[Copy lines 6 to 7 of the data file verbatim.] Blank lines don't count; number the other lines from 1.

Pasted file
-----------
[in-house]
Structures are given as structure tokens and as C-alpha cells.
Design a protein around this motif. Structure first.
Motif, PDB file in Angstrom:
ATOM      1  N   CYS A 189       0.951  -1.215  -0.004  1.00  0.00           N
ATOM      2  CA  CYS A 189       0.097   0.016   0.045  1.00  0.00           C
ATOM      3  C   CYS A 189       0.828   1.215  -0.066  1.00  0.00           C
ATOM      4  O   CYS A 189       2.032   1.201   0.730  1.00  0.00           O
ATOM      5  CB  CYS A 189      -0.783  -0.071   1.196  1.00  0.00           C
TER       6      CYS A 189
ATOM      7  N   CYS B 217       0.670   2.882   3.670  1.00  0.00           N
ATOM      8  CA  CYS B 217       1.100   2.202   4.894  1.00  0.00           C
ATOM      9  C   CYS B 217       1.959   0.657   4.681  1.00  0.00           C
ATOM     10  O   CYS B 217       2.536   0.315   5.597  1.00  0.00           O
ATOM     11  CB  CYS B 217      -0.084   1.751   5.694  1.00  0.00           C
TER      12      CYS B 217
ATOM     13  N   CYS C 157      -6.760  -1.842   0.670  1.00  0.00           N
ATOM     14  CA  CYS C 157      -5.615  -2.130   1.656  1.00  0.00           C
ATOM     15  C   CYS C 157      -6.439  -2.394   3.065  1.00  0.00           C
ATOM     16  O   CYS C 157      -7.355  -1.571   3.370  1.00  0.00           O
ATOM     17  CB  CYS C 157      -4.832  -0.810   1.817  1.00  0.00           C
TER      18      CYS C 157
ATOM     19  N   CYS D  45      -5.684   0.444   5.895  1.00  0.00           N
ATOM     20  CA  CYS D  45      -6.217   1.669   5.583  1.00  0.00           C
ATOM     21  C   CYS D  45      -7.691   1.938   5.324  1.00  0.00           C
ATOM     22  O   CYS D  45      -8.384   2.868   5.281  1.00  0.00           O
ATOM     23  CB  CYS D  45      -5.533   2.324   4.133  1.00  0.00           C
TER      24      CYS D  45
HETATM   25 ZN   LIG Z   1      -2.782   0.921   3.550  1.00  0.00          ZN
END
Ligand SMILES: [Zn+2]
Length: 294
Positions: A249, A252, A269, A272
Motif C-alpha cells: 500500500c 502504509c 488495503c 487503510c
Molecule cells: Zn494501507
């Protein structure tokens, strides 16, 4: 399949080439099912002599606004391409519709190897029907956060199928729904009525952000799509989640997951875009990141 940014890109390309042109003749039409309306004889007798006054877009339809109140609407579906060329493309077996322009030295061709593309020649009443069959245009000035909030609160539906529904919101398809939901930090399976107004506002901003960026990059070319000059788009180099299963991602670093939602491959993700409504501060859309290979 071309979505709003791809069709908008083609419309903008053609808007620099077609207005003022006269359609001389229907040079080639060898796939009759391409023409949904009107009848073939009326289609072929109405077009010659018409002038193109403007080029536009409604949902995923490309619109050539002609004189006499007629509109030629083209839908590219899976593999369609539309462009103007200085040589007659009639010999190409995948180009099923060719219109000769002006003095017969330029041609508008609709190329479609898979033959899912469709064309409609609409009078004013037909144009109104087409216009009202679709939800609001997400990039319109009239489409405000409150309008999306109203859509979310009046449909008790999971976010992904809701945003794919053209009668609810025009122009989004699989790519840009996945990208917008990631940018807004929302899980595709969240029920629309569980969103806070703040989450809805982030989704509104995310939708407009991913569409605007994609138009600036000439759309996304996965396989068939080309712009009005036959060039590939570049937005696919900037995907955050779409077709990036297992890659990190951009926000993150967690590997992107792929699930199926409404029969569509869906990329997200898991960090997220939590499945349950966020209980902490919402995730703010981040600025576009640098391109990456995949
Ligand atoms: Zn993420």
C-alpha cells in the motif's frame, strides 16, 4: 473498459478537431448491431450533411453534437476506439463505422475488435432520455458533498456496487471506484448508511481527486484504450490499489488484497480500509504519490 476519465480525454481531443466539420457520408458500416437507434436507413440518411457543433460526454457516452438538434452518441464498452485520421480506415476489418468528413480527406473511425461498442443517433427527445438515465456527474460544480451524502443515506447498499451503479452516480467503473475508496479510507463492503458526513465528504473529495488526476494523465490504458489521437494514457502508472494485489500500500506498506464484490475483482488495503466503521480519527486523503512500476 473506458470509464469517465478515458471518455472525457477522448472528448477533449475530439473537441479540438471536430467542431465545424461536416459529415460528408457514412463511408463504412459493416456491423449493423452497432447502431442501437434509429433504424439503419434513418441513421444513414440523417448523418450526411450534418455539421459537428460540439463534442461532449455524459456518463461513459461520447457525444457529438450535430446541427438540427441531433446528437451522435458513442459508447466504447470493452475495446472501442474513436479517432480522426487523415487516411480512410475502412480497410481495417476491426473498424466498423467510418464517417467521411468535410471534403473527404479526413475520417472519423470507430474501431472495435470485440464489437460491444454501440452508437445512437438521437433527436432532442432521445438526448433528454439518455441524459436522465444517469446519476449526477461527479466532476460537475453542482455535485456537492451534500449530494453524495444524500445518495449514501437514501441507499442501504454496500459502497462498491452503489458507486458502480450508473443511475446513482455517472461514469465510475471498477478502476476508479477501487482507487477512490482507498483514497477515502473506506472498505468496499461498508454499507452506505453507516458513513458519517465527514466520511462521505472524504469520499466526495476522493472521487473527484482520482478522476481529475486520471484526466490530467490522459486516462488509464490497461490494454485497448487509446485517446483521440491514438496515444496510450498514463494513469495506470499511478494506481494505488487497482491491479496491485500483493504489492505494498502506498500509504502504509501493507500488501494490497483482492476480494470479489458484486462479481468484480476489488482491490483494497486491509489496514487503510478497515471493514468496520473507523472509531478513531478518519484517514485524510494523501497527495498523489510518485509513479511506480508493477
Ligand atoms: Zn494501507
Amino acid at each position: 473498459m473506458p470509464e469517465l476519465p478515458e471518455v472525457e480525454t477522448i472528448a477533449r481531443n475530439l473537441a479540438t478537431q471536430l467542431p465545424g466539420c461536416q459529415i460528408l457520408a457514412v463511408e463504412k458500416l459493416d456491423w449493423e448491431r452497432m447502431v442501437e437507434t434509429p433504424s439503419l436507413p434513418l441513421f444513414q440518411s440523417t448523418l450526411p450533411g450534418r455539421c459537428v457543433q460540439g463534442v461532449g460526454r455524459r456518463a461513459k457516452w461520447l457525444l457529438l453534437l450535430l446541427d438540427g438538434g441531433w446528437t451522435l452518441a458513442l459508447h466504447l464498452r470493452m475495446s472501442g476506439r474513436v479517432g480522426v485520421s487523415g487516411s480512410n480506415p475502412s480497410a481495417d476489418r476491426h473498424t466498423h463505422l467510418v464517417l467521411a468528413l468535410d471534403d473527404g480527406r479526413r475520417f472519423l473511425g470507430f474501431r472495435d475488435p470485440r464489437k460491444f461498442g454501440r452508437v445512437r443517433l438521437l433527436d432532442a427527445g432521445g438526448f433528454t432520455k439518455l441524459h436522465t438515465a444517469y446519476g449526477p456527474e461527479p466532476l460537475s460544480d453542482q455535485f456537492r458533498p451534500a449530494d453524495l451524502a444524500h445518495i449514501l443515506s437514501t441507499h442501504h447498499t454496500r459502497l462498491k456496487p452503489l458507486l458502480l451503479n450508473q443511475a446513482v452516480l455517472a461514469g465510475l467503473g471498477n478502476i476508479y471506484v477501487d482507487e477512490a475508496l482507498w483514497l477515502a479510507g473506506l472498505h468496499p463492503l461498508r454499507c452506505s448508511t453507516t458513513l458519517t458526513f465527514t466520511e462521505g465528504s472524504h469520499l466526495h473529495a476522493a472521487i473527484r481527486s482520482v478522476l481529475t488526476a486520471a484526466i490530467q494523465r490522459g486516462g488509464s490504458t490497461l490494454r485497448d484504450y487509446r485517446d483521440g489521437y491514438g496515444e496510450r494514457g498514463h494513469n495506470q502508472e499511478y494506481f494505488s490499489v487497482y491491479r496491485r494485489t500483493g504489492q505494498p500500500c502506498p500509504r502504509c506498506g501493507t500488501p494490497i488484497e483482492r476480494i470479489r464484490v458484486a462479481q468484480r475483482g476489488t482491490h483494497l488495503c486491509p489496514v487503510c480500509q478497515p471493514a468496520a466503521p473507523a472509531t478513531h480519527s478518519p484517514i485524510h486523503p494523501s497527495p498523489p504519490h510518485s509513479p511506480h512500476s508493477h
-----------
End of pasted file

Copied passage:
ATOM      2  CA  CYS A 189       0.097   0.016   0.045  1.00  0.00           C
ATOM      3  C   CYS A 189       0.828   1.215  -0.066  1.00  0.00           C